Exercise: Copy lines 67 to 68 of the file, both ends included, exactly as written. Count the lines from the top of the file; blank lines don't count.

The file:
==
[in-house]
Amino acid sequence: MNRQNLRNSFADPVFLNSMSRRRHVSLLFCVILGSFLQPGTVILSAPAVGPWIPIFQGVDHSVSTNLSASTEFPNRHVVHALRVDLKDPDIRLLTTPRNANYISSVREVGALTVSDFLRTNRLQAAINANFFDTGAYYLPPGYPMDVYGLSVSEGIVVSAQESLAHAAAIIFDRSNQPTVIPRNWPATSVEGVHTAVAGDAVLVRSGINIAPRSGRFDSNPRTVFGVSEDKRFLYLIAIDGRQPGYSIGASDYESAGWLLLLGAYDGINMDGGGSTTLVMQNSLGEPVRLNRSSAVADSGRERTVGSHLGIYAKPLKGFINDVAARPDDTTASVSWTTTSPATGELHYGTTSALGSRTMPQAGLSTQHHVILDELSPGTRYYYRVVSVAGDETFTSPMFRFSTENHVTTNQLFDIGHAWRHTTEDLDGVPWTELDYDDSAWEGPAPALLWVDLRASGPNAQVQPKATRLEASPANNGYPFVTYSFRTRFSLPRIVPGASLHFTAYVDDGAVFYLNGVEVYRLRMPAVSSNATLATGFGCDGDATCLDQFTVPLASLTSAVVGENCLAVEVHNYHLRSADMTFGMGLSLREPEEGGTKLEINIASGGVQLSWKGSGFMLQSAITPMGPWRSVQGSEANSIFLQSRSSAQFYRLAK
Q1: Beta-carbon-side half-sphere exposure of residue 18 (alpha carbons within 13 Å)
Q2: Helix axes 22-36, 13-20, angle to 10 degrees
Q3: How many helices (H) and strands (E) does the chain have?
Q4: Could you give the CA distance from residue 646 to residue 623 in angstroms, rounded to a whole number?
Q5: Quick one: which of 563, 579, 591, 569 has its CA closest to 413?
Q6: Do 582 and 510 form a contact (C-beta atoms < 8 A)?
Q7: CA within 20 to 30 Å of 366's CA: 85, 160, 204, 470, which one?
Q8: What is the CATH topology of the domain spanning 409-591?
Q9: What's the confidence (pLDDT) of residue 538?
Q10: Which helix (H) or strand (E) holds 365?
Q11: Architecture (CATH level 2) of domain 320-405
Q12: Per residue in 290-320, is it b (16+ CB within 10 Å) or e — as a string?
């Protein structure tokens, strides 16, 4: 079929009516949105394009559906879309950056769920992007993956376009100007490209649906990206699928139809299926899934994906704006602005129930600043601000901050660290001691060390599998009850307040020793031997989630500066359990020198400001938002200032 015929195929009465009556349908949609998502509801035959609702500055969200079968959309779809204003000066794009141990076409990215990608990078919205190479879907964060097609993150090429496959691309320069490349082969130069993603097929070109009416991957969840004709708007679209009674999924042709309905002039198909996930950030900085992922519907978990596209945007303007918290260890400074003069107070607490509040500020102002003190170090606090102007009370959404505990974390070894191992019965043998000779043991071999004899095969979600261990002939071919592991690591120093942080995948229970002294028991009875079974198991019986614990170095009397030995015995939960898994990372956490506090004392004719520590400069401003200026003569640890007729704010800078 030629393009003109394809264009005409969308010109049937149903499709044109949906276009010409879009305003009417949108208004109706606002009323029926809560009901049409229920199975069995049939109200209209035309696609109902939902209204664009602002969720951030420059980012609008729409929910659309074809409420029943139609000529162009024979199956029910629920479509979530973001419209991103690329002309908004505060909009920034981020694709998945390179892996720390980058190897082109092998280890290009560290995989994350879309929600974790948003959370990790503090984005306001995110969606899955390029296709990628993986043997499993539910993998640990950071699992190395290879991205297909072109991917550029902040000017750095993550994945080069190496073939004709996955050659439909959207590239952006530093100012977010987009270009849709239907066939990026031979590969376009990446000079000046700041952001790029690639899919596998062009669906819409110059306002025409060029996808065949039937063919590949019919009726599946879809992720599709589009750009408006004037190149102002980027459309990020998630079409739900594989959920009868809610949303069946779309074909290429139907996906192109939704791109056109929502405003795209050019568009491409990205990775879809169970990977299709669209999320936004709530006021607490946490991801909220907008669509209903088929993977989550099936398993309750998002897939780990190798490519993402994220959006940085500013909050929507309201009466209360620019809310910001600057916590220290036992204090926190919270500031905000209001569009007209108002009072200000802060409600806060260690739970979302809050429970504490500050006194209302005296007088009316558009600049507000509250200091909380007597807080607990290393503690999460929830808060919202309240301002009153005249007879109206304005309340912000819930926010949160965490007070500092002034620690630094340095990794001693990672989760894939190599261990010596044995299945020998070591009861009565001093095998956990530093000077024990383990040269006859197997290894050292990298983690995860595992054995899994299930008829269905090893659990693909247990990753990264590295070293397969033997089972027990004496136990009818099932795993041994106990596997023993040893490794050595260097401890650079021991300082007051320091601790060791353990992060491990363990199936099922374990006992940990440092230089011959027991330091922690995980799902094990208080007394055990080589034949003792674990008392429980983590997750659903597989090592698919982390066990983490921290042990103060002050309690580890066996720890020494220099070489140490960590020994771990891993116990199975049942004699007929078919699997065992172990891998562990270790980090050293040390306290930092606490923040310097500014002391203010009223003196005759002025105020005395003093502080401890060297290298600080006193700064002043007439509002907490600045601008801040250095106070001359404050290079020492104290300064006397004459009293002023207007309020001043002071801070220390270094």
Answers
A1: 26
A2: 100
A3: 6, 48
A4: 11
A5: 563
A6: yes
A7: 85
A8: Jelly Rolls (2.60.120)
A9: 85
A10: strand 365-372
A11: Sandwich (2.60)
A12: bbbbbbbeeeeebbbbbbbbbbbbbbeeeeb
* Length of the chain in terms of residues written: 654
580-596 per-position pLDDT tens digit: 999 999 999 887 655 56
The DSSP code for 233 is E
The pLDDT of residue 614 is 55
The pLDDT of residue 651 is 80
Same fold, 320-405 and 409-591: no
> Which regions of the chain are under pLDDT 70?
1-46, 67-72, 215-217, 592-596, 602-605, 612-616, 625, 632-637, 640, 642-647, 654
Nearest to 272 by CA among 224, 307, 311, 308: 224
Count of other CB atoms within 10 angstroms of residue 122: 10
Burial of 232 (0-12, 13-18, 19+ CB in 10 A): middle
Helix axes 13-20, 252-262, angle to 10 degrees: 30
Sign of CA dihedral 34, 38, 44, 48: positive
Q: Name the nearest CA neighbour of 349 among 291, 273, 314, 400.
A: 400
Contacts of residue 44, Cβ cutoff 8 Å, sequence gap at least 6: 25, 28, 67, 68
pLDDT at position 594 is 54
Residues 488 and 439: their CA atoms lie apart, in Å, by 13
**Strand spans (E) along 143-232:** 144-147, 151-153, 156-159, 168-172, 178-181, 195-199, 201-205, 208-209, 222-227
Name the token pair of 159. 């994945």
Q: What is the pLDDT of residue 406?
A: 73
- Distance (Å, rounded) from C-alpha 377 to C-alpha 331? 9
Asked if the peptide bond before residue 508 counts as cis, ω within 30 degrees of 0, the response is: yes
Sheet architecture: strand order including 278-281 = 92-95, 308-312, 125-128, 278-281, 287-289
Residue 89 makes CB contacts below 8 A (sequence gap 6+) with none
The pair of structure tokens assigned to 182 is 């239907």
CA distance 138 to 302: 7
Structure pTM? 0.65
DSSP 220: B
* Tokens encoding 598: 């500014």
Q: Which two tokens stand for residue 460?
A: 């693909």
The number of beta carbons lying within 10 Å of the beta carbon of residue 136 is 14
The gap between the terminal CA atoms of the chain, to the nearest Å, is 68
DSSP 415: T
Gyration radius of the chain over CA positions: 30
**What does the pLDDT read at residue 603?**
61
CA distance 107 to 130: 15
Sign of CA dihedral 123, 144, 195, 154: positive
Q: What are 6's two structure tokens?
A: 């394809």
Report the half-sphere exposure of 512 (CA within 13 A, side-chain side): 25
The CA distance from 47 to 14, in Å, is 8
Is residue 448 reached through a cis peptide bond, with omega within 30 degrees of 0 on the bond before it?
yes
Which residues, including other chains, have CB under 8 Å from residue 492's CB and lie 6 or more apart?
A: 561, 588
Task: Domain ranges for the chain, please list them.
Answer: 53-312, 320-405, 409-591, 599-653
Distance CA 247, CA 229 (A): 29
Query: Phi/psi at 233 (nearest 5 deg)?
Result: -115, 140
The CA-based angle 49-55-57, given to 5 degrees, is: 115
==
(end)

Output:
61
CA distance 107 to 130: 15